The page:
Orfeo by Poliziano holds several distinctions. Literary scholars consider it the first modern pastoral drama, that is, one set in the countryside; it is the first modern drama drawing on a classical, or ancient, theme and on classical authors, and also the first Italian play with a nonreligious theme. In addition, musicologists consider it the first modern opera, or at least opera’s precursor, since it was intended to be accompanied by music in its public performance.
Above all, Orfeo is a testament to the poetic talents of its author. When he was still a relatively young man, Poliziano wrote the entire drama in the span of only two days. The drama was a part of the festivities, in 1480, celebrating a visit by the child duke of Milan, Giangaleazzo Sforza, to Mantua; the drama was commissioned by the Mantuan cardinal Franceso Gonzaga. The Sforza dukes were delighted with music, and they sponsored the Milanese choir and individual composers. Lorenzo de Médici, Poliziano’s patron for most of his life, also cultivated music in his city, Florence. Poliziano’s drama emerged from a historical setting that encouraged his natural poetic and musical talents.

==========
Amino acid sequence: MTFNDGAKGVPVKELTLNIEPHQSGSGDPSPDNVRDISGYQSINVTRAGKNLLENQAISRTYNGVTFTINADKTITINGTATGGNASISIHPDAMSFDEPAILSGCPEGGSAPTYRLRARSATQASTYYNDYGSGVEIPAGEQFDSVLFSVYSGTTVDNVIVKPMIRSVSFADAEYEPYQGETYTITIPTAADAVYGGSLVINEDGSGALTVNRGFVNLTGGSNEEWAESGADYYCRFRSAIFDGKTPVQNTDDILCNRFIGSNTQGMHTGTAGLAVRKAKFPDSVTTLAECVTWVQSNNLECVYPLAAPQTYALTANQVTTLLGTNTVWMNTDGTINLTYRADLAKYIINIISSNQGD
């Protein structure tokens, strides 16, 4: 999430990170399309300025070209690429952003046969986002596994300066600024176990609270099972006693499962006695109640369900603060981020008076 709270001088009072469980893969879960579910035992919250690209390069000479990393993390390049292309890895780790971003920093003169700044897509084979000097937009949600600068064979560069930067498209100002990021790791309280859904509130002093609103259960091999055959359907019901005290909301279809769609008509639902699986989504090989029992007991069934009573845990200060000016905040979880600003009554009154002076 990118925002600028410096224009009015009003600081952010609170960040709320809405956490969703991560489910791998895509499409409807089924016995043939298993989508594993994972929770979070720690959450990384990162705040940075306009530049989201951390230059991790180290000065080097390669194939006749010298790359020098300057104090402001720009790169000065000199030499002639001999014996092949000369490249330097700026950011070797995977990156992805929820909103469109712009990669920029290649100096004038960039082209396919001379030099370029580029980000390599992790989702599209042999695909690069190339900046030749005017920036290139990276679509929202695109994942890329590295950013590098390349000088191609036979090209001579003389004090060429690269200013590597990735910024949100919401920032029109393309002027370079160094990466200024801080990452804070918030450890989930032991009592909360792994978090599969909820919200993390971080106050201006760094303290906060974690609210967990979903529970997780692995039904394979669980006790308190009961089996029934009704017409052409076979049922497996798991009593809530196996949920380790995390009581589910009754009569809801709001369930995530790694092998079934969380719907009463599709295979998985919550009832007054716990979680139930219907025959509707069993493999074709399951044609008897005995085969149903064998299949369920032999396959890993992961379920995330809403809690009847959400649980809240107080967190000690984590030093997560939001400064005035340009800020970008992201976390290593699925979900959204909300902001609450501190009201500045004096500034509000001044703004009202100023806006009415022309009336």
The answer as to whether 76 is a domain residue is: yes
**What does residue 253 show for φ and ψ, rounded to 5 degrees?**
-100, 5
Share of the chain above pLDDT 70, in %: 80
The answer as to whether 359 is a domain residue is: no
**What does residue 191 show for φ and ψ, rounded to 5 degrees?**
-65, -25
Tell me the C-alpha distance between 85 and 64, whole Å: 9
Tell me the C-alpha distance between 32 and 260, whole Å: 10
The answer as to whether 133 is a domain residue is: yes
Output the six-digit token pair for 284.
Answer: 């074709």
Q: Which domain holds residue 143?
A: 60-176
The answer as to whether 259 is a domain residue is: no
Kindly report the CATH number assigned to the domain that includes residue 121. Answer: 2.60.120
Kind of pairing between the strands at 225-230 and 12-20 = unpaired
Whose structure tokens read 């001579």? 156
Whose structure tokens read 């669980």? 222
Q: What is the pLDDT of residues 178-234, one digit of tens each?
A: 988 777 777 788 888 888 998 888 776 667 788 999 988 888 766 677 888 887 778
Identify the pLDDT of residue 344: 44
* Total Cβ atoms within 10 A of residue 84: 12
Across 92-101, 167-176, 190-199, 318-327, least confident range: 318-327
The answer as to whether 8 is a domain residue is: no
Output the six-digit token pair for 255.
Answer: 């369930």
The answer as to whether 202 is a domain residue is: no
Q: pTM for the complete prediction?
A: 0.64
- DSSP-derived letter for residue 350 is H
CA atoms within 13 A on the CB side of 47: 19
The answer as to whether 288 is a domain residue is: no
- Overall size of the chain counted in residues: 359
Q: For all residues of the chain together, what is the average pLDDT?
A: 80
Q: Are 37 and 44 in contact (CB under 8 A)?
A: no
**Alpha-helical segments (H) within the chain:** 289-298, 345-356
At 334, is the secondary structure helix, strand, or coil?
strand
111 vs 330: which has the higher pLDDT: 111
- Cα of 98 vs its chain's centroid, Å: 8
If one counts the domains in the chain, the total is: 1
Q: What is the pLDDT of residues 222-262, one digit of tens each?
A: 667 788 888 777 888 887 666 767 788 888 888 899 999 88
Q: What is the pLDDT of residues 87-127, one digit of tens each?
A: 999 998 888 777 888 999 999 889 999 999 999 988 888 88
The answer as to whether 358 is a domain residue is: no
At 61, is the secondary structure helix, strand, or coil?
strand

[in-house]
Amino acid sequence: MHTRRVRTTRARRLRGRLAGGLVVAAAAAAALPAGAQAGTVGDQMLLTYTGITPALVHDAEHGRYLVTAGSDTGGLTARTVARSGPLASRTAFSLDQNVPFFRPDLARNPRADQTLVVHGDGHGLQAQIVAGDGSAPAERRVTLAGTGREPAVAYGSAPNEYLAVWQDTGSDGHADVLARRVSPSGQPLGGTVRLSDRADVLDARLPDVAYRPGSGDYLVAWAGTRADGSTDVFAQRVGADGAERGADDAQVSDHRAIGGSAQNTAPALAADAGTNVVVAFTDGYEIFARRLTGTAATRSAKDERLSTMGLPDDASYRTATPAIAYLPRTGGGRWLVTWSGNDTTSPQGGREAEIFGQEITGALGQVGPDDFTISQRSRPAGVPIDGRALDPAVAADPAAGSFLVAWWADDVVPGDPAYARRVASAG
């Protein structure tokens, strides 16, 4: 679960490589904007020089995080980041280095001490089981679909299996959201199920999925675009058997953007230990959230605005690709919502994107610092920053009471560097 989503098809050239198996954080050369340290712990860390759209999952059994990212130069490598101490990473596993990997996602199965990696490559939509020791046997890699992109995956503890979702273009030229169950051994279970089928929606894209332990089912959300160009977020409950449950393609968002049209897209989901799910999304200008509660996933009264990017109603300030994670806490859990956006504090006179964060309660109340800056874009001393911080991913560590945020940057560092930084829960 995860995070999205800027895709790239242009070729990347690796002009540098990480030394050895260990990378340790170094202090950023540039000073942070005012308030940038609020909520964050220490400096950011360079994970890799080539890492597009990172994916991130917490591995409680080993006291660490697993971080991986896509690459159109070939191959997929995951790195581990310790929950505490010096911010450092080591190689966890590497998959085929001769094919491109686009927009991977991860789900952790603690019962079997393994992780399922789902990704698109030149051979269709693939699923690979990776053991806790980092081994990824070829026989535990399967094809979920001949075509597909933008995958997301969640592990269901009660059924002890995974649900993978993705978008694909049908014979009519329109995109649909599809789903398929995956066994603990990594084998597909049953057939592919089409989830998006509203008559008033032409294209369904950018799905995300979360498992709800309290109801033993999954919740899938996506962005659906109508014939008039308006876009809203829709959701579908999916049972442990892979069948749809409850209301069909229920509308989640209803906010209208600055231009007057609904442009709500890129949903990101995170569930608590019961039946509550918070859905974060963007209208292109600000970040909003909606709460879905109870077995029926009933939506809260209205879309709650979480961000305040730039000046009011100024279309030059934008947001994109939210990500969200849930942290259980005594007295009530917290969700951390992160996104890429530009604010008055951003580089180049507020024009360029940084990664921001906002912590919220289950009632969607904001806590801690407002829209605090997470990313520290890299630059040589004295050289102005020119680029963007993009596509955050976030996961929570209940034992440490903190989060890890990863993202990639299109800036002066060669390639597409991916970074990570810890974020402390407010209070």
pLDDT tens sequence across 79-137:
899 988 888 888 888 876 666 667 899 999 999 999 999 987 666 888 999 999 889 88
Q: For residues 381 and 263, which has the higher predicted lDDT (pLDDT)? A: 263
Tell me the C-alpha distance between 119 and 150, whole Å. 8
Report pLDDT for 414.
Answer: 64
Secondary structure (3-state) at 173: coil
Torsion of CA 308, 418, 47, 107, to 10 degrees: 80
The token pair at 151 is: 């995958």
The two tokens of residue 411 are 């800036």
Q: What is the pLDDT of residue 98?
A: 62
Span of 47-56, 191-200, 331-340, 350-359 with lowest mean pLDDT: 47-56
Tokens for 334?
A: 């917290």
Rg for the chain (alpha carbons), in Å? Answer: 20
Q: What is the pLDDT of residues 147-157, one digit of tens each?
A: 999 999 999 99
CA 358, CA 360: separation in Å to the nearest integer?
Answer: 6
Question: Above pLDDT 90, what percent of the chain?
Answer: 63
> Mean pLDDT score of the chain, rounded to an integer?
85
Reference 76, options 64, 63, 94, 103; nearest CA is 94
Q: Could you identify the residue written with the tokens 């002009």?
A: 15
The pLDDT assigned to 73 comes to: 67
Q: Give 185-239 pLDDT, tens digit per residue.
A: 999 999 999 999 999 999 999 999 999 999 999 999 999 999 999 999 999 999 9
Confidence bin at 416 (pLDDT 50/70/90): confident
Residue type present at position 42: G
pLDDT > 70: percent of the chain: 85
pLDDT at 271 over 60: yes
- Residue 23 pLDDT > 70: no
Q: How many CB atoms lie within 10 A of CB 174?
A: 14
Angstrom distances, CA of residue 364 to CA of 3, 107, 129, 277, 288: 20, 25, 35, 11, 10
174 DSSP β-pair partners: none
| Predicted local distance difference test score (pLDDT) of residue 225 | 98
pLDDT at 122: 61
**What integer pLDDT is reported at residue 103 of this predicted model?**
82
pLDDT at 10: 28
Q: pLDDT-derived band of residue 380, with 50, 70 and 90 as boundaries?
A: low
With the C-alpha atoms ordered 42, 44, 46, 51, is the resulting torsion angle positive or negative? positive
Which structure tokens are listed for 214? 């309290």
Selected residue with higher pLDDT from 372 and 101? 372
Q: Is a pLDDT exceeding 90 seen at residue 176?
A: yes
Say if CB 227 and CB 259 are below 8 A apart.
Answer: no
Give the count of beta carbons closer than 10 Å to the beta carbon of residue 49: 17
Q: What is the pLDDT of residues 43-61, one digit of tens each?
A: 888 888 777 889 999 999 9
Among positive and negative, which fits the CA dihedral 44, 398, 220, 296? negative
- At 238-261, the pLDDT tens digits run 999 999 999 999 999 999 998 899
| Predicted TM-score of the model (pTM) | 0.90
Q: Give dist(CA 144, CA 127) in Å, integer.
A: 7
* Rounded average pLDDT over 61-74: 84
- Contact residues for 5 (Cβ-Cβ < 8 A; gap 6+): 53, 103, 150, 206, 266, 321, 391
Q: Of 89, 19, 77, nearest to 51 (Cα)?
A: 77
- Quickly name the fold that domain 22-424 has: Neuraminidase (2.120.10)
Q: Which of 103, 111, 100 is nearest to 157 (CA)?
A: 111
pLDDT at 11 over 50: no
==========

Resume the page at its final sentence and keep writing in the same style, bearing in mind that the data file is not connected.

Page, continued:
In composing Orfeo, Poliziano employed his vast knowledge of classical literature to produce elegant poetry in several languages (Italian, Latin, and Greek). He adopted his theme from Greek mythology, recounting a tale that was well known to his audience. The challenge was to weave together an entertaining presentation. Although the legend of Orpheus concerns his journey to the underworld in order to retrieve his wife, Eurydice, Poliziano begins the story at an earlier point, before her untimely death. It seems that he almost shifts the traditional plot line from Orpheus’s endeavors to those of Aristaeus, who first seeks to make Eurydice his lover.
Set in a pastoral scene, Orfeo gives freedom to the audience to enjoy all the warmth and the...
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